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January 17, 2021

From disaster to disaster

Editorial

 
January 17, 2021

Pakistan and its problems with international deals must now be extremely familiar to UK courts. The embarrassment these deals cause and the loss incurred to the national exchequer has caused immense harm in the case of Broadsheet and other deals. There is now a new crisis involving a PIA Boeing 777 which has been impounded at Kuala Lumpur International Airport following a judgment by a Malaysian court. The dispute pertains to the lease agreement on the aircraft, which was originally leased from the Irish company, AerCap and then through the leasing giant Peregrine Aviation Charlie Limited. It appears, however, that some percentage of the amounts promised by Pakistan to Peregrine were not paid in 2020, and it went to court in the UK. While the next hearing in the UK was due to come up on January 20, Peregrine moved a Malaysian court and received an order under which the airplane has been seized for now. Pakistan is, according to the Malaysian court order, required to pay $14 million on the leasing of this aircraft and the other Boeing 777.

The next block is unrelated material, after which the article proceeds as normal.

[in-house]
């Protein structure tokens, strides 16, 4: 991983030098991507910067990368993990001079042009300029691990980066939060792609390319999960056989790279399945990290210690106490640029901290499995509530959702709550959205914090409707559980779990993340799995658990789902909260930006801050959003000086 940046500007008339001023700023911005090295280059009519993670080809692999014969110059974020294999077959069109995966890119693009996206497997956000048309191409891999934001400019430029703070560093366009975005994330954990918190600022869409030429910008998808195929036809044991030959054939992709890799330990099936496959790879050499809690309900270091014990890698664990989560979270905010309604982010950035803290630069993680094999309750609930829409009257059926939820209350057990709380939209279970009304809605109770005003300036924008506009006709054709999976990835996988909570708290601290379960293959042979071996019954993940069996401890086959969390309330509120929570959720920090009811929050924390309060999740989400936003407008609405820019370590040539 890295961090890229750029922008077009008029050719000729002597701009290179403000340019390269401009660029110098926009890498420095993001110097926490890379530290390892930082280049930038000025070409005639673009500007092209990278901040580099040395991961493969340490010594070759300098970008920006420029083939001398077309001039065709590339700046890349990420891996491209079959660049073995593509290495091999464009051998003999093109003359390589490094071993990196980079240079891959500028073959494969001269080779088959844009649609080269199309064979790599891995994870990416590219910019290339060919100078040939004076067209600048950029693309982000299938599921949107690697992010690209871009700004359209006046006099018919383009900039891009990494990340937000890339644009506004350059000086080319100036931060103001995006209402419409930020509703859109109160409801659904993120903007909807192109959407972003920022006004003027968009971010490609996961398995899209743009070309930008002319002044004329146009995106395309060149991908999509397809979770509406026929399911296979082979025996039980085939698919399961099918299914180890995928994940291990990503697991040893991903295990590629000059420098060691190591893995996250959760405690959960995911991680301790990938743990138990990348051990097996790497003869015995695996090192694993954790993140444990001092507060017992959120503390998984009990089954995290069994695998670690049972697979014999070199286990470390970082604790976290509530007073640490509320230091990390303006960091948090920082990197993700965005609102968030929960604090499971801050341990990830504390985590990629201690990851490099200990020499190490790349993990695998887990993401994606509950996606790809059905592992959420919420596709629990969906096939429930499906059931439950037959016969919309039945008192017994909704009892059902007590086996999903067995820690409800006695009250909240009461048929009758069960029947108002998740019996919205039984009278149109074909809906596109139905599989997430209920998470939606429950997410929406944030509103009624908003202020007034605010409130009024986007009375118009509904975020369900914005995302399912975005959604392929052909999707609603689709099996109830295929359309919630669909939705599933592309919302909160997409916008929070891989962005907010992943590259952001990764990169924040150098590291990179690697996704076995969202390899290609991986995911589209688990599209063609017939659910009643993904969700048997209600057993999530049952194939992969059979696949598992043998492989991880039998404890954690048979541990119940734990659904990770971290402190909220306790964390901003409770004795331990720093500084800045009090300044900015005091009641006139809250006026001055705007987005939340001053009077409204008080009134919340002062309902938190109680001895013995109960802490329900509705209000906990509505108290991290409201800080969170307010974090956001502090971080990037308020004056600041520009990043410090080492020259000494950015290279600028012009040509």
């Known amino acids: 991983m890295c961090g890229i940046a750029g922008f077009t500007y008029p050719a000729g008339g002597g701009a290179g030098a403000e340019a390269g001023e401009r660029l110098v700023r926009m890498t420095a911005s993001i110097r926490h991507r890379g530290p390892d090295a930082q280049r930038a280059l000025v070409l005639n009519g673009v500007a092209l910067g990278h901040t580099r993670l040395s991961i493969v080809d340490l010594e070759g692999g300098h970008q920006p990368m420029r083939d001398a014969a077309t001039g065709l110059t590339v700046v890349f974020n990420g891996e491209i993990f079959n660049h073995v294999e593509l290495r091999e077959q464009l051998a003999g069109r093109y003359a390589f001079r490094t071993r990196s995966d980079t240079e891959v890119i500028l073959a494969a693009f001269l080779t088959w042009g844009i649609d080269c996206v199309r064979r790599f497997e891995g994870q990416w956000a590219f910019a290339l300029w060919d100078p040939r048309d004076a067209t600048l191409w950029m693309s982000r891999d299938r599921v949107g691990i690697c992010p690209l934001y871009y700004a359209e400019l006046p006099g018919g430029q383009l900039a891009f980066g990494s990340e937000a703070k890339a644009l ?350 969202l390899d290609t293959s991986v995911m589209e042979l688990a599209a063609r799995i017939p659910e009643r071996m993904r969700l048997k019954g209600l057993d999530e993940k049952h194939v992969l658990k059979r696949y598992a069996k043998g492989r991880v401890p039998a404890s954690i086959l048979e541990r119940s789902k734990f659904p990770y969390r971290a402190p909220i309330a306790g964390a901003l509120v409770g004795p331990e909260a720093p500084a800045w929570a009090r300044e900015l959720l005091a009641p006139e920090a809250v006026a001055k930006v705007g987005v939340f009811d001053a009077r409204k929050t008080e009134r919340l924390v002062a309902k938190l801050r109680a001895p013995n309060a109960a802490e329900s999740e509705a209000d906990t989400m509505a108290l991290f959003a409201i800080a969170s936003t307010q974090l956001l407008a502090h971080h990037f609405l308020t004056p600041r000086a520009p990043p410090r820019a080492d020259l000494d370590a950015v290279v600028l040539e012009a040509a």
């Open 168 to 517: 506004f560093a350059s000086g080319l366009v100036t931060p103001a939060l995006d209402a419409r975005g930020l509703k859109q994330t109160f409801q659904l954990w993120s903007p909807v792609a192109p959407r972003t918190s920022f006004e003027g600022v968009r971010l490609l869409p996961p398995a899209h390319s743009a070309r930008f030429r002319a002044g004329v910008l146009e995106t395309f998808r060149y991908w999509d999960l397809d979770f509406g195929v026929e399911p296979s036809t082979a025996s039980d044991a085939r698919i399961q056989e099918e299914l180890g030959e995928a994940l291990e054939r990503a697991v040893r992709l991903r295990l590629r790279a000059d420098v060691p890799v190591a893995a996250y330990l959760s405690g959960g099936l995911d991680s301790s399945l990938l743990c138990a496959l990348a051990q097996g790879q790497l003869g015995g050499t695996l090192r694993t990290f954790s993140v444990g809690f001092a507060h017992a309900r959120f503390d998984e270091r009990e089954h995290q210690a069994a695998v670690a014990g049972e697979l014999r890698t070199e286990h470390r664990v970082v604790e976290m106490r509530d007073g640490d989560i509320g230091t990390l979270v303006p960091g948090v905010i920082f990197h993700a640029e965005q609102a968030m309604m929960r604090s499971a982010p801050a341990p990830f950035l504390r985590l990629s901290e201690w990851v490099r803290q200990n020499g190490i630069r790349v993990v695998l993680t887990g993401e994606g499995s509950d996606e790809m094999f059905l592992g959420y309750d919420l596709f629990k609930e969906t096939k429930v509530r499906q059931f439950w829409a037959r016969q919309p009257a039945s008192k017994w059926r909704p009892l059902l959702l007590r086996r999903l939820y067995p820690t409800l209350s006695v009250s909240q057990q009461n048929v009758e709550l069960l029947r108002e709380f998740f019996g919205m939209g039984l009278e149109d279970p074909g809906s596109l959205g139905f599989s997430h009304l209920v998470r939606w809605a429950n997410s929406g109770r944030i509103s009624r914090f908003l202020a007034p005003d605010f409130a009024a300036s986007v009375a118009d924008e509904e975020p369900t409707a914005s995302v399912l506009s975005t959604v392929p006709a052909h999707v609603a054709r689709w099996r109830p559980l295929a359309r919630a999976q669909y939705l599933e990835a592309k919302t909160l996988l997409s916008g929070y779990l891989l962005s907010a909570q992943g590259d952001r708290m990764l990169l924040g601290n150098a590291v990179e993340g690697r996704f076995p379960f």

The matter is no doubt one of immense embarrassment. It also delivers another setback to PIA, an entity once a giant in the country but now already struggling to survive and stay afloat. PIA Spokesman Abdullah Hafeez Khan has said that the action by Peregrine to move a Malaysian court while the case was still ongoing in the UK is highly unusual. This may indeed be true, but it does reflect the lack of trust in PIA and possibly the anxiety on the part of Peregrine to recover its money. PIA has also said the amount due to the Dubai giant was being renegotiated because of the changes in aviation functioning as a result of the Covid-19 pandemic and the reduction in air travel.

We accept all this. The problem however is that once again Pakistan has been embarrassed internationally. A court has upheld the view taken by the Dubai-based company which had leased the airplane. It is difficult to understand why PIA sent the airline or the airplane in question to a foreign country when it knew a dispute was on in court. One can imagine the shock of passengers who boarded the flight only to find some time later that it had been seized by Malaysian authorities. The passengers have since returned home on other flights and Malaysian authorities have also said the two pilots and other airline crew can return . But this is not the point. The question is the handling of the whole affair by PIA, the possible incompetence and mismanagement involved and the larger issue of what the future of PIA is to be, given its failure on so many different fronts.